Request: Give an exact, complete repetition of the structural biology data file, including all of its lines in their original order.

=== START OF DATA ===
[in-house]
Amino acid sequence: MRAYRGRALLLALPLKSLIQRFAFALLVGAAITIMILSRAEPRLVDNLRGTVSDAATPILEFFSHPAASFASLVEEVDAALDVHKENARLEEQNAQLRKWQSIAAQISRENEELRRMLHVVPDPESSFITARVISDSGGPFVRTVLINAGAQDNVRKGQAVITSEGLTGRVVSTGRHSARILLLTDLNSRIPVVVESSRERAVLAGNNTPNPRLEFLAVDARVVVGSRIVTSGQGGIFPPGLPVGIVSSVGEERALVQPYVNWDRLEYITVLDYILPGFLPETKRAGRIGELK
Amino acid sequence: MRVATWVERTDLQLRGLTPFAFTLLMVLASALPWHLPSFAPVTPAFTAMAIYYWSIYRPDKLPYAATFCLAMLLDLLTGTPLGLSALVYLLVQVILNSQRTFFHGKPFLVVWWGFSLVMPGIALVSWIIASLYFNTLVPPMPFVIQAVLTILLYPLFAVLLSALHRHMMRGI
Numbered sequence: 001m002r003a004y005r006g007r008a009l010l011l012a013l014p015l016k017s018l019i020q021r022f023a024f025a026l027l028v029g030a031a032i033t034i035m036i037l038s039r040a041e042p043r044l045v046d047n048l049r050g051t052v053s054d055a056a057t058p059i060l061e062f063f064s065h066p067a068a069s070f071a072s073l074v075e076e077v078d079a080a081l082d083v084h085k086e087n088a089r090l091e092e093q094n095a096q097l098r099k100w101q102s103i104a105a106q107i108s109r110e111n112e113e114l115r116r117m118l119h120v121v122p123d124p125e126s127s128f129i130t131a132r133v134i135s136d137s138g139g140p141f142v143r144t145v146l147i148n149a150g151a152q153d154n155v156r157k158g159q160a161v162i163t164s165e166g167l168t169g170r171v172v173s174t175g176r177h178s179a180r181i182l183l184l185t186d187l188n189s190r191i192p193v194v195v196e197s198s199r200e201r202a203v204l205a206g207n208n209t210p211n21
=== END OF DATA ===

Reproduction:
[in-house]
Amino acid sequence: MRAYRGRALLLALPLKSLIQRFAFALLVGAAITIMILSRAEPRLVDNLRGTVSDAATPILEFFSHPAASFASLVEEVDAALDVHKENARLEEQNAQLRKWQSIAAQISRENEELRRMLHVVPDPESSFITARVISDSGGPFVRTVLINAGAQDNVRKGQAVITSEGLTGRVVSTGRHSARILLLTDLNSRIPVVVESSRERAVLAGNNTPNPRLEFLAVDARVVVGSRIVTSGQGGIFPPGLPVGIVSSVGEERALVQPYVNWDRLEYITVLDYILPGFLPETKRAGRIGELK
Amino acid sequence: MRVATWVERTDLQLRGLTPFAFTLLMVLASALPWHLPSFAPVTPAFTAMAIYYWSIYRPDKLPYAATFCLAMLLDLLTGTPLGLSALVYLLVQVILNSQRTFFHGKPFLVVWWGFSLVMPGIALVSWIIASLYFNTLVPPMPFVIQAVLTILLYPLFAVLLSALHRHMMRGI
Numbered sequence: 001m002r003a004y005r006g007r008a009l010l011l012a013l014p015l016k017s018l019i020q021r022f023a024f025a026l027l028v029g030a031a032i033t034i035m036i037l038s039r040a041e042p043r044l045v046d047n048l049r050g051t052v053s054d055a056a057t058p059i060l061e062f063f064s065h066p067a068a069s070f071a072s073l074v075e076e077v078d079a080a081l082d083v084h085k086e087n088a089r090l091e092e093q094n095a096q097l098r099k100w101q102s103i104a105a106q107i108s109r110e111n112e113e114l115r116r117m118l119h120v121v122p123d124p125e126s127s128f129i130t131a132r133v134i135s136d137s138g139g140p141f142v143r144t145v146l147i148n149a150g151a152q153d154n155v156r157k158g159q160a161v162i163t164s165e166g167l168t169g170r171v172v173s174t175g176r177h178s179a180r181i182l183l184l185t186d187l188n189s190r191i192p193v194v195v196e197s198s199r200e201r202a203v204l205a206g207n208n209t210p211n21